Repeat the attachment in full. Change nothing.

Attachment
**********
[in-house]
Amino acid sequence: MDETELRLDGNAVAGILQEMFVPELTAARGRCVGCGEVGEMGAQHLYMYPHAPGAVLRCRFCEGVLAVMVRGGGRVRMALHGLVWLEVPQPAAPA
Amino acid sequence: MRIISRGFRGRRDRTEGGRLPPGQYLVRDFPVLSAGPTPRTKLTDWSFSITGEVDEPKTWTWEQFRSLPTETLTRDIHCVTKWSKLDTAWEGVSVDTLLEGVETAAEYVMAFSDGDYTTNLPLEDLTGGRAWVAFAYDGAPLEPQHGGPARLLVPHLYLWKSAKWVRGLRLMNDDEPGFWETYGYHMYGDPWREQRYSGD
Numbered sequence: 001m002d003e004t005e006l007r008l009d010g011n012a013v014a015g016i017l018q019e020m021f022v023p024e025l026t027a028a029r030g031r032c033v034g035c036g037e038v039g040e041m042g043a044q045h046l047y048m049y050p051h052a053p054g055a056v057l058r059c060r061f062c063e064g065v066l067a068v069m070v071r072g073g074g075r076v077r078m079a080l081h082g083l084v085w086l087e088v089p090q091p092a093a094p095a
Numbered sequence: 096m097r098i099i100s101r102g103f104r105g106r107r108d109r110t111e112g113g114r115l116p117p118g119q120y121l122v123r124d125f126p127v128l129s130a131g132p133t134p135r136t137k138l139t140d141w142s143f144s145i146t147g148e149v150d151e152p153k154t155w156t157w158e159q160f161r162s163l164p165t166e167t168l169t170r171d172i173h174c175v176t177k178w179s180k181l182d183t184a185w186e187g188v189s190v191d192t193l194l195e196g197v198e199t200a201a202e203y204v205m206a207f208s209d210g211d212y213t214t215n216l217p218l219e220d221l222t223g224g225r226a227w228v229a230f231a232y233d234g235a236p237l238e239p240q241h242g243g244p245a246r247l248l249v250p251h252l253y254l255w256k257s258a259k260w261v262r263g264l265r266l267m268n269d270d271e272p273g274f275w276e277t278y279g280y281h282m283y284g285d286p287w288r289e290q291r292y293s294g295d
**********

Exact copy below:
[in-house]
Amino acid sequence: MDETELRLDGNAVAGILQEMFVPELTAARGRCVGCGEVGEMGAQHLYMYPHAPGAVLRCRFCEGVLAVMVRGGGRVRMALHGLVWLEVPQPAAPA
Amino acid sequence: MRIISRGFRGRRDRTEGGRLPPGQYLVRDFPVLSAGPTPRTKLTDWSFSITGEVDEPKTWTWEQFRSLPTETLTRDIHCVTKWSKLDTAWEGVSVDTLLEGVETAAEYVMAFSDGDYTTNLPLEDLTGGRAWVAFAYDGAPLEPQHGGPARLLVPHLYLWKSAKWVRGLRLMNDDEPGFWETYGYHMYGDPWREQRYSGD
Numbered sequence: 001m002d003e004t005e006l007r008l009d010g011n012a013v014a015g016i017l018q019e020m021f022v023p024e025l026t027a028a029r030g031r032c033v034g035c036g037e038v039g040e041m042g043a044q045h046l047y048m049y050p051h052a053p054g055a056v057l058r059c060r061f062c063e064g065v066l067a068v069m070v071r072g073g074g075r076v077r078m079a080l081h082g083l084v085w086l087e088v089p090q091p092a093a094p095a
Numbered sequence: 096m097r098i099i100s101r102g103f104r105g106r107r108d109r110t111e112g113g114r115l116p117p118g119q120y121l122v123r124d125f126p127v128l129s130a131g132p133t134p135r136t137k138l139t140d141w142s143f144s145i146t147g148e149v150d151e152p153k154t155w156t157w158e159q160f161r162s163l164p165t166e167t168l169t170r171d172i173h174c175v176t177k178w179s180k181l182d183t184a185w186e187g188v189s190v191d192t193l194l195e196g197v198e199t200a201a202e203y204v205m206a207f208s209d210g211d212y213t214t215n216l217p218l219e220d221l222t223g224g225r226a227w228v229a230f231a232y233d234g235a236p237l238e239p240q241h242g243g244p245a246r247l248l249v250p251h252l253y254l255w256k257s258a259k260w261v262r263g264l265r266l267m268n269d270d271e272p273g274f275w276e277t278y279g280y281h282m283y284g285d286p287w288r289e290q291r292y293s294g295d